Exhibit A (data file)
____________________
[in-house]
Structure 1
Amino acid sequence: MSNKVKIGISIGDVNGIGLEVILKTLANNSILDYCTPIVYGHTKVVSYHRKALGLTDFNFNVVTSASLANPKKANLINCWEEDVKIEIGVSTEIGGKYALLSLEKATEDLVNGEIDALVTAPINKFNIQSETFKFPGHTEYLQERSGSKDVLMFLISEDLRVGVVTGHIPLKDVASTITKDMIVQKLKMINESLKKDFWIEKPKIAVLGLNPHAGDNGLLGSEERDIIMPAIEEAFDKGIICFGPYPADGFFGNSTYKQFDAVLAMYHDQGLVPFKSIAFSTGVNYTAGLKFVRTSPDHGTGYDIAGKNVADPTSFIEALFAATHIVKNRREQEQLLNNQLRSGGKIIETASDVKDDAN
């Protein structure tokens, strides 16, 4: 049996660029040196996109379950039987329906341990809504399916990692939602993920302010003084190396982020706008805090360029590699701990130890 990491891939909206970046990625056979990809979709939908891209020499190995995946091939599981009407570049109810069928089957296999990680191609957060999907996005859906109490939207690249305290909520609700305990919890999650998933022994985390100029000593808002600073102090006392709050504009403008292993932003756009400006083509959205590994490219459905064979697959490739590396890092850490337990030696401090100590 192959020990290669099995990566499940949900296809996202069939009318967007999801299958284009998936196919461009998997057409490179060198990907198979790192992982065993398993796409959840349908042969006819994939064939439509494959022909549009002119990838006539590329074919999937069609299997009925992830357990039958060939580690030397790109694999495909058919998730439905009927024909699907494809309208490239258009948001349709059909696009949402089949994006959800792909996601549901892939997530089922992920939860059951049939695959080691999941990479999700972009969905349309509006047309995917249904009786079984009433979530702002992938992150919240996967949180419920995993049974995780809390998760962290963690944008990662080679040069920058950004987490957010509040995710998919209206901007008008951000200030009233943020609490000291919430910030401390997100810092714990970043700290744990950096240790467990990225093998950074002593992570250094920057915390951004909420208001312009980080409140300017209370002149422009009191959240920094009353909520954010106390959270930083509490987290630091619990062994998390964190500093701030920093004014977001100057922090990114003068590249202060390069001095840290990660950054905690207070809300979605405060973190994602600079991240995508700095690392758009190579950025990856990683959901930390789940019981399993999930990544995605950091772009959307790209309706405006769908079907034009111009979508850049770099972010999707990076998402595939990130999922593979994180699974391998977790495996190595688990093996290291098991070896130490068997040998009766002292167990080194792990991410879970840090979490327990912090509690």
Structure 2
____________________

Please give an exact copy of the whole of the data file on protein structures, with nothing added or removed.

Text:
[in-house]
Structure 1
Amino acid sequence: MSNKVKIGISIGDVNGIGLEVILKTLANNSILDYCTPIVYGHTKVVSYHRKALGLTDFNFNVVTSASLANPKKANLINCWEEDVKIEIGVSTEIGGKYALLSLEKATEDLVNGEIDALVTAPINKFNIQSETFKFPGHTEYLQERSGSKDVLMFLISEDLRVGVVTGHIPLKDVASTITKDMIVQKLKMINESLKKDFWIEKPKIAVLGLNPHAGDNGLLGSEERDIIMPAIEEAFDKGIICFGPYPADGFFGNSTYKQFDAVLAMYHDQGLVPFKSIAFSTGVNYTAGLKFVRTSPDHGTGYDIAGKNVADPTSFIEALFAATHIVKNRREQEQLLNNQLRSGGKIIETASDVKDDAN
């Protein structure tokens, strides 16, 4: 049996660029040196996109379950039987329906341990809504399916990692939602993920302010003084190396982020706008805090360029590699701990130890 990491891939909206970046990625056979990809979709939908891209020499190995995946091939599981009407570049109810069928089957296999990680191609957060999907996005859906109490939207690249305290909520609700305990919890999650998933022994985390100029000593808002600073102090006392709050504009403008292993932003756009400006083509959205590994490219459905064979697959490739590396890092850490337990030696401090100590 192959020990290669099995990566499940949900296809996202069939009318967007999801299958284009998936196919461009998997057409490179060198990907198979790192992982065993398993796409959840349908042969006819994939064939439509494959022909549009002119990838006539590329074919999937069609299997009925992830357990039958060939580690030397790109694999495909058919998730439905009927024909699907494809309208490239258009948001349709059909696009949402089949994006959800792909996601549901892939997530089922992920939860059951049939695959080691999941990479999700972009969905349309509006047309995917249904009786079984009433979530702002992938992150919240996967949180419920995993049974995780809390998760962290963690944008990662080679040069920058950004987490957010509040995710998919209206901007008008951000200030009233943020609490000291919430910030401390997100810092714990970043700290744990950096240790467990990225093998950074002593992570250094920057915390951004909420208001312009980080409140300017209370002149422009009191959240920094009353909520954010106390959270930083509490987290630091619990062994998390964190500093701030920093004014977001100057922090990114003068590249202060390069001095840290990660950054905690207070809300979605405060973190994602600079991240995508700095690392758009190579950025990856990683959901930390789940019981399993999930990544995605950091772009959307790209309706405006769908079907034009111009979508850049770099972010999707990076998402595939990130999922593979994180699974391998977790495996190595688990093996290291098991070896130490068997040998009766002292167990080194792990991410879970840090979490327990912090509690």
Structure 2